HomeCryptoLosing your life savings on cryptocurrencies is a Brexit opportunity
Losing your life savings on cryptocurrencies is a Brexit opportunity
December 12, 2022
Messages from the archive of Rutherford Hall, critical communications strategist
WhatsApp Jules: Are you good with digital currencies? We have a new client, cryptocurrency exchange Wampa, and all I know about this stuff is money laundering and Ponzi schemes, so I might need a second chair on this account.
WhatsApp to Julius: It does not matter; it’s even more than I know. They are concerned about a new UK regulatory push, so part of our strategy is to point out that cryptocurrencies are an opportunity for Brexit.
WhatsApp to Julius: That’s right, the right to lose your life savings in minutes is a growth opportunity for Brexit. But let’s work on the formulation of this!
Evian, it’s great to work with you. May I also introduce my colleague Jules (cc-d), who heads our advanced technologies division. As you say, this is a key moment. The FCA is eager to regulate the industry and clearly Sam Fried-Mybank has made this more difficult for us.
By the way, you’ve always said in public that you would welcome regulation. May I check if you mean this?
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Ok, that’s what I assumed. We are already activating our contacts at the Treasury and we see two approaches. First, a clear resistance to regulation by the Financial Conduct Authority.
Conservatives want to pitch Britain as a crypto hub even though hardly anyone knows what that means. Post Brexit, they are keen to show that the UK is still at the forefront of new financial services, so we will argue that stifling EU-style regulation will move this industry to where it is now.
But there is a second approach where we seem to embrace sensible controls by drawing a distinction between good regulation and bad. The truth is, there’s basically one guy at FCA who understands the industry and only works part-time. There is a limit to what they can achieve without our help and in the current turmoil there may be commercial value in being able to call ourselves authorized by the FCA.
Good regulation might consist of stricter rules on advertising. It doesn’t seem to have done any harm to gambling. I’m not sure saying “please invest responsibly” at the end of an ad is going to seriously hit bottom line. Of course we don’t want tobacco-style bikers saying “Investing in cryptocurrencies means you may never see your money again.” Or “Investments may go up or down, but probably down, possibly within a week.”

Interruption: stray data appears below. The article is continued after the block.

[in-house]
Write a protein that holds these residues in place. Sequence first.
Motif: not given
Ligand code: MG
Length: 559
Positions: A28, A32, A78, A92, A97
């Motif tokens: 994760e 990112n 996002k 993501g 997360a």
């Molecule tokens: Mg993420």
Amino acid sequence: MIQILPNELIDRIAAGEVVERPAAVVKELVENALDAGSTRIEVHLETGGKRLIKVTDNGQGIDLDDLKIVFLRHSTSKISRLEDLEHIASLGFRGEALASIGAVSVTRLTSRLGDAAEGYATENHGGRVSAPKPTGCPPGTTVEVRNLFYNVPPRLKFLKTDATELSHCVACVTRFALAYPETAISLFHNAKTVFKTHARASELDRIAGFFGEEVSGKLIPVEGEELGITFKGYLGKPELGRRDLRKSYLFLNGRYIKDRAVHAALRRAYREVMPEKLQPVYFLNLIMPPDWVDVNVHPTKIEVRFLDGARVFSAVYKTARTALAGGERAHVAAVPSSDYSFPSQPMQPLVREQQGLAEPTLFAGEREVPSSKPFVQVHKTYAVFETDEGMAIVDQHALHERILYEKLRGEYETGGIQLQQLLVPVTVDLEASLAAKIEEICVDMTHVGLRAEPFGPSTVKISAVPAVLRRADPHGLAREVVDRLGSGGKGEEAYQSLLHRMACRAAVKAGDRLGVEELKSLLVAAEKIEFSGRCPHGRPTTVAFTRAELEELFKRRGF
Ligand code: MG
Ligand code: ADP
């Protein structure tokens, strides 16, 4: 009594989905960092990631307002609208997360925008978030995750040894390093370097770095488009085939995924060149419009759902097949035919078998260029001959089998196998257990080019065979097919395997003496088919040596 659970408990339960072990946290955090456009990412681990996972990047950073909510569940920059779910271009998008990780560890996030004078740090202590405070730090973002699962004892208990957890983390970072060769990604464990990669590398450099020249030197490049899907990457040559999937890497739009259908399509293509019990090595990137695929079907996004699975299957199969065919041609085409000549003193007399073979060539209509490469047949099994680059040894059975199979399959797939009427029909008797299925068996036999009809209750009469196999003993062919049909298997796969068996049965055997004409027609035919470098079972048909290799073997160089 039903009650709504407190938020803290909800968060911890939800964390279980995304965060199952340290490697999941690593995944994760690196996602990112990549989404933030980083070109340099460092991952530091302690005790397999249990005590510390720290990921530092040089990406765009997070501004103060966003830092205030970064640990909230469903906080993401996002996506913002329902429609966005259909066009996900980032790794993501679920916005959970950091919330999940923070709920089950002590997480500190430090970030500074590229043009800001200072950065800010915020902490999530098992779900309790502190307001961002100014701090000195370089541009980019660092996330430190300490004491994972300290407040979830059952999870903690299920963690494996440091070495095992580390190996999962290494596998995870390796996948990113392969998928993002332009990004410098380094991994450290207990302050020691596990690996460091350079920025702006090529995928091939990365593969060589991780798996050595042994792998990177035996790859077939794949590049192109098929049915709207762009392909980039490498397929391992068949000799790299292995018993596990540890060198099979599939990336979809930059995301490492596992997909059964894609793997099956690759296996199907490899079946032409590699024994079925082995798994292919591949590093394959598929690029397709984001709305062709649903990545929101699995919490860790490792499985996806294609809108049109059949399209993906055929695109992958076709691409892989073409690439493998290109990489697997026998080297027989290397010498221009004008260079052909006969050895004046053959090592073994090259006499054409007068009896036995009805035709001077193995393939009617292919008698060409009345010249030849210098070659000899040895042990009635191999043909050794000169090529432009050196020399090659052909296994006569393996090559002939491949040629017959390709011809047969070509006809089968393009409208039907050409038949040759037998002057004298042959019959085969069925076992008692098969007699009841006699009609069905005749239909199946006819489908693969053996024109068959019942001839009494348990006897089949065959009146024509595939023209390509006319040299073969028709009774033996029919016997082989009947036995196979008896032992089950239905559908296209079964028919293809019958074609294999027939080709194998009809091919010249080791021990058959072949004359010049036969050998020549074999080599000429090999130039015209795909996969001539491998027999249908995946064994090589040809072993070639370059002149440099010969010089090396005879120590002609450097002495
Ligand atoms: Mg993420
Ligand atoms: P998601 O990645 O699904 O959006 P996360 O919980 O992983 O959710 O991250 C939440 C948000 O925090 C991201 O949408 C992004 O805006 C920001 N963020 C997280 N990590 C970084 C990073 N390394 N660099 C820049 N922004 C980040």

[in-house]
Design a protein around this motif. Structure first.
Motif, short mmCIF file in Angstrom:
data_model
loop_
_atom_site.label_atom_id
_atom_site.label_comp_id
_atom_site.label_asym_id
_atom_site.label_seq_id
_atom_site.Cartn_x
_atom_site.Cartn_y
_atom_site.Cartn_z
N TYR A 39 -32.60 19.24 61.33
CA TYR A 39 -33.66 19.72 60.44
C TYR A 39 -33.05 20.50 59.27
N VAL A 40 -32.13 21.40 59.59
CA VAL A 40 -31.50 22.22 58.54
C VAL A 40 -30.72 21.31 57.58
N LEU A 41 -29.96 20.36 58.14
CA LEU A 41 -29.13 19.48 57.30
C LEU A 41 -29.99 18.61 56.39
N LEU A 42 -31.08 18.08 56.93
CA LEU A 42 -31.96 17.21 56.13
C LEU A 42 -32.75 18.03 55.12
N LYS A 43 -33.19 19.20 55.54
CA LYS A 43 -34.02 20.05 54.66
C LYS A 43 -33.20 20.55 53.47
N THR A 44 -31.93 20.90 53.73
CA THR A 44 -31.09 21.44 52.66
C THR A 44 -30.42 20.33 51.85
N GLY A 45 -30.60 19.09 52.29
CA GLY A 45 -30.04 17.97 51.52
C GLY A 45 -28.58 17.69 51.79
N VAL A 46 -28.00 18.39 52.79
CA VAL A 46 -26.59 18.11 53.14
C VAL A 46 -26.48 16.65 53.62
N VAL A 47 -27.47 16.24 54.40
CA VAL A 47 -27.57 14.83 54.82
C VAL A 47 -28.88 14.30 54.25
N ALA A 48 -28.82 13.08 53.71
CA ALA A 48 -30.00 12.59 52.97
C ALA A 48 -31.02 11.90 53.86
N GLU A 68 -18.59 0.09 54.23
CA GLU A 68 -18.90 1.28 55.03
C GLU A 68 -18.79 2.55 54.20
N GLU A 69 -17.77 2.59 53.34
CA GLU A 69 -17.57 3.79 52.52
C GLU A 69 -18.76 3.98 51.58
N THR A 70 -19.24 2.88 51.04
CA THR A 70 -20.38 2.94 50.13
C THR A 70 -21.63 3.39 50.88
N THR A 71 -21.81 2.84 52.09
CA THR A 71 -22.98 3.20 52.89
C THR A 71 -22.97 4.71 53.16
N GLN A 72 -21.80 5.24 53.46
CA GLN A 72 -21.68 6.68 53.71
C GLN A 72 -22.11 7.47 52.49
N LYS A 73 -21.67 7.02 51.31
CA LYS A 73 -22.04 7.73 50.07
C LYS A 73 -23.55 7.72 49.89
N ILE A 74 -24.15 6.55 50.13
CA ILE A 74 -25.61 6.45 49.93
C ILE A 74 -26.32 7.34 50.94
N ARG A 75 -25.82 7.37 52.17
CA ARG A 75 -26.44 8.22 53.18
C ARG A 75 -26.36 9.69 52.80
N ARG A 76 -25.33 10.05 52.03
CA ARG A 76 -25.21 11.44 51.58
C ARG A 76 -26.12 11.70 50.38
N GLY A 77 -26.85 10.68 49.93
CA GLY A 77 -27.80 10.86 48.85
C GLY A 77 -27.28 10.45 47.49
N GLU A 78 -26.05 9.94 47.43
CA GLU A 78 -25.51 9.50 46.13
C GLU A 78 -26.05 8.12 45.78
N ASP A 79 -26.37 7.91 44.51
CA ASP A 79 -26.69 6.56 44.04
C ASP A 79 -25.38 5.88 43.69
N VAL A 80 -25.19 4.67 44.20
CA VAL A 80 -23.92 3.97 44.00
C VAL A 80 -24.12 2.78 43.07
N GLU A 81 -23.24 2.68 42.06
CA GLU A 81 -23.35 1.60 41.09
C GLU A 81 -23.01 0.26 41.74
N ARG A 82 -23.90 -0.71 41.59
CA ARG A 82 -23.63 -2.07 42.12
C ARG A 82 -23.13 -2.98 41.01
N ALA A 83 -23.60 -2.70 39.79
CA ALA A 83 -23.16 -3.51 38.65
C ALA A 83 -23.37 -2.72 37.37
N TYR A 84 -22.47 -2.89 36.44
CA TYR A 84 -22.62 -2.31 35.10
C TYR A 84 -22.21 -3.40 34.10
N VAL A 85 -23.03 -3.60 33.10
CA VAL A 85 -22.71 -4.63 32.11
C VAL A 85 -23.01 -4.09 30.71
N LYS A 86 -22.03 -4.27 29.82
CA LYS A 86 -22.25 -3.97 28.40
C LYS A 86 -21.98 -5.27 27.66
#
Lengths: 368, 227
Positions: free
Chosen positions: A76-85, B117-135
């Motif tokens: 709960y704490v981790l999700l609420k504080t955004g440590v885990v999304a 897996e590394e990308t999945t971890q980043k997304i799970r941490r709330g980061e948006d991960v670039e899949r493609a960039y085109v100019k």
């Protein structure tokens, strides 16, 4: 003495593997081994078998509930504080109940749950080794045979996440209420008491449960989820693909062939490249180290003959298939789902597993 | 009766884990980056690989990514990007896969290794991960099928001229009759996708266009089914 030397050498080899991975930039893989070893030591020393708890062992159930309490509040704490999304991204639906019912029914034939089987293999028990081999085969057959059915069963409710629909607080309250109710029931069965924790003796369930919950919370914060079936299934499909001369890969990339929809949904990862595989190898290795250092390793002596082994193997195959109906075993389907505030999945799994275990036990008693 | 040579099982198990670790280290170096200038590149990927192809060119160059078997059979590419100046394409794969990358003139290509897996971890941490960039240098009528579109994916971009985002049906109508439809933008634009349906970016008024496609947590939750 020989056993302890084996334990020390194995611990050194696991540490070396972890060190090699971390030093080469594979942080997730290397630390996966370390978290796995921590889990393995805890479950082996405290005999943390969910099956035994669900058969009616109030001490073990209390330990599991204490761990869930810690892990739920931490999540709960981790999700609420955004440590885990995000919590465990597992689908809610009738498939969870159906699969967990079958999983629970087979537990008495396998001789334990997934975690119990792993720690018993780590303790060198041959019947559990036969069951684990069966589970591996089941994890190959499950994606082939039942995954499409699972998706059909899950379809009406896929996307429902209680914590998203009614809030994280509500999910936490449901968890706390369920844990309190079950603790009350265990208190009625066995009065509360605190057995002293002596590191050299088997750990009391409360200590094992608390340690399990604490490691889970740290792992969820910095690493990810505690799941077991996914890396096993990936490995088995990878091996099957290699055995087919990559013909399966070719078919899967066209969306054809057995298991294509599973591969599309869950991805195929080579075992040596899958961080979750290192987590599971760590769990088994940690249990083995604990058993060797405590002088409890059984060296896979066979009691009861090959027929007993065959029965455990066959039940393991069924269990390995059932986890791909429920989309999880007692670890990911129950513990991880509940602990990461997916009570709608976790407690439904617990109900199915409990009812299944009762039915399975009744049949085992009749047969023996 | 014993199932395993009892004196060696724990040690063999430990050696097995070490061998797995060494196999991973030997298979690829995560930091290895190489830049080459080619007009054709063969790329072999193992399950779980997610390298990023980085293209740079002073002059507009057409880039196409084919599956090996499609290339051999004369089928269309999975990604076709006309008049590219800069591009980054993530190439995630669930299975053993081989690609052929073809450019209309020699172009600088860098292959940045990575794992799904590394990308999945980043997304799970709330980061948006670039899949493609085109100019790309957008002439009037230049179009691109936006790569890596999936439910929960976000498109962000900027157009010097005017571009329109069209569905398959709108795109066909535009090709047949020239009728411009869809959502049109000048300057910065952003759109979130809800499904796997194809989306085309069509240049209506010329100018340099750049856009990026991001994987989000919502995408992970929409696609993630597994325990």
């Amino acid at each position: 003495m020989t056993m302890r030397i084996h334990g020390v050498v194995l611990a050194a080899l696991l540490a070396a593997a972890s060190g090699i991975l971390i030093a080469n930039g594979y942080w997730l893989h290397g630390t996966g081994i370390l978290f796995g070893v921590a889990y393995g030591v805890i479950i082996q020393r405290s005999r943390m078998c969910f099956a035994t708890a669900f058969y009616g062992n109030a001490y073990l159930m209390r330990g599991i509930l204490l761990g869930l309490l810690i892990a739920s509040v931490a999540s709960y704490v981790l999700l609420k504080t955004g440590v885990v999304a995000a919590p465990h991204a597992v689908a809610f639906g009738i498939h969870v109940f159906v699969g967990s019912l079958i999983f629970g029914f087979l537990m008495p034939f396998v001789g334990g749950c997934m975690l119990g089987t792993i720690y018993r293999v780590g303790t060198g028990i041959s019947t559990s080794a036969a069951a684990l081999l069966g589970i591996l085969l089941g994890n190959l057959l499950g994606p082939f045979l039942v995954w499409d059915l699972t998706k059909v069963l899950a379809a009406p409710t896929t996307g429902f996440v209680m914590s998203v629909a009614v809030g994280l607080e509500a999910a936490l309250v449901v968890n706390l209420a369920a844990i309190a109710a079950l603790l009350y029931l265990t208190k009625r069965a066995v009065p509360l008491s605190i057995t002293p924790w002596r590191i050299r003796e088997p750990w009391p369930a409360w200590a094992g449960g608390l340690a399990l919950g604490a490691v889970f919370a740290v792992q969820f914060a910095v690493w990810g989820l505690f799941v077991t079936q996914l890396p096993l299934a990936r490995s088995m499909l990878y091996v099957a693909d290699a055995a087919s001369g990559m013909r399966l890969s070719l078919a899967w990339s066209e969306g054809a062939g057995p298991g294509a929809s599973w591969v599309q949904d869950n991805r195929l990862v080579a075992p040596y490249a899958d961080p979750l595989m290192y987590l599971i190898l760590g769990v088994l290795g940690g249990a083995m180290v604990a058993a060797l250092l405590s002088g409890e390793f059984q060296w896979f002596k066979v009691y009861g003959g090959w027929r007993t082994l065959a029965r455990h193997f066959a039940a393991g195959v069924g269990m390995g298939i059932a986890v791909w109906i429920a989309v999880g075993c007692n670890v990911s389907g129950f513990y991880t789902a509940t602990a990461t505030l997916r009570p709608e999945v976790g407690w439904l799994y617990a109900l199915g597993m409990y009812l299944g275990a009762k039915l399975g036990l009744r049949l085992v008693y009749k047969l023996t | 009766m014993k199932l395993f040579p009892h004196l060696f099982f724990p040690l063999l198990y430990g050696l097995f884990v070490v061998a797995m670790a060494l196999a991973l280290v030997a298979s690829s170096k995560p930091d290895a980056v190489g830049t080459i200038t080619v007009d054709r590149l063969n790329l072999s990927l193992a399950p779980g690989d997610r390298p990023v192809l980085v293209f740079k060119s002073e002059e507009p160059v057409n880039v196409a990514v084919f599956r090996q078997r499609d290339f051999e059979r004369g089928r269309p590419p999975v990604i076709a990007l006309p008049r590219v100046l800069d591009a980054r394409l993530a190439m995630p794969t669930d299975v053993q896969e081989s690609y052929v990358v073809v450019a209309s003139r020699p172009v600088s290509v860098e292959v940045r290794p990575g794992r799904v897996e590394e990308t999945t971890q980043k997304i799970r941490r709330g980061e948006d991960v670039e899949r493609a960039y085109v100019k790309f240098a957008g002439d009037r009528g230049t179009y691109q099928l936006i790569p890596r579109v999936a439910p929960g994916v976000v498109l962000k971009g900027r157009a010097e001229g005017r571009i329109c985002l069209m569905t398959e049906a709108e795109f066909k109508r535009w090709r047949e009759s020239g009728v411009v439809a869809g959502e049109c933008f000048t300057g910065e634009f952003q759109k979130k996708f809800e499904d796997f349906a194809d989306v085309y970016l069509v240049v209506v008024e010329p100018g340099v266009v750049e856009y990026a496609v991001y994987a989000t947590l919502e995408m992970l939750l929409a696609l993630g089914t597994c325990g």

Bad regulation would stifle investor protection rules like proper UK presence, 1:1 reserves on stablecoins, proof of activity, no commingling of funds, a regular audit, all those Brussels-type checks. This degree of interference would kill the UK as a global center for digital finance and betray the promise of Brexit.
The question ministers need to ask is why they would prevent Britons from investing with us here via an exchange endorsed by some of our most beloved pop stars and footballers. So the goal is to look like a bank but be regulated like a bookie.
Don’t worry, you won’t have to come to London, you can talk to them on Zoom. Better yet, invite them over to Anguilla for pizza.
Yes of course, I am happy to communicate via Telegram in the future. Or, for maximum security, we could always come and see you. . .
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Telegram to Evian: Hey Ev, interesting point you already need to be registered for money laundering purposes anyway, but I’m afraid describing us as FCA registered may just end them. It’s great that you’re looking for front men for your campaign, but I’m not sure if Boris Johnson and Matt Hancock set the right vibe. We want someone who screams reassuringly, not someone who can suck a kangaroo’s anus.
WhatsApp to Julius: When we see the guys from Downing Street, it keeps pointing out the UK as a crypto hub. Don’t they want to support a financial sector so cutting edge that its main operating entity is registered on an island in the metaverse? He also talks about tata-statism. Only a socialist government would interfere with the freedom to give one’s money away. And why should we strangle an exchange that offers 28% interest on assets? He uses the phrase “stablecoin” a lot. I know the founder of one of these is now on the Interpol red list, but he seems reliable.
Telegram to Evian: Yes, I think we are making progress. It’s a very generous offer and I’m a huge fan of the stablecoin. Unfortunately for tax reasons we find it easier to settle our accounts in pounds or dollars. Regulators, huh?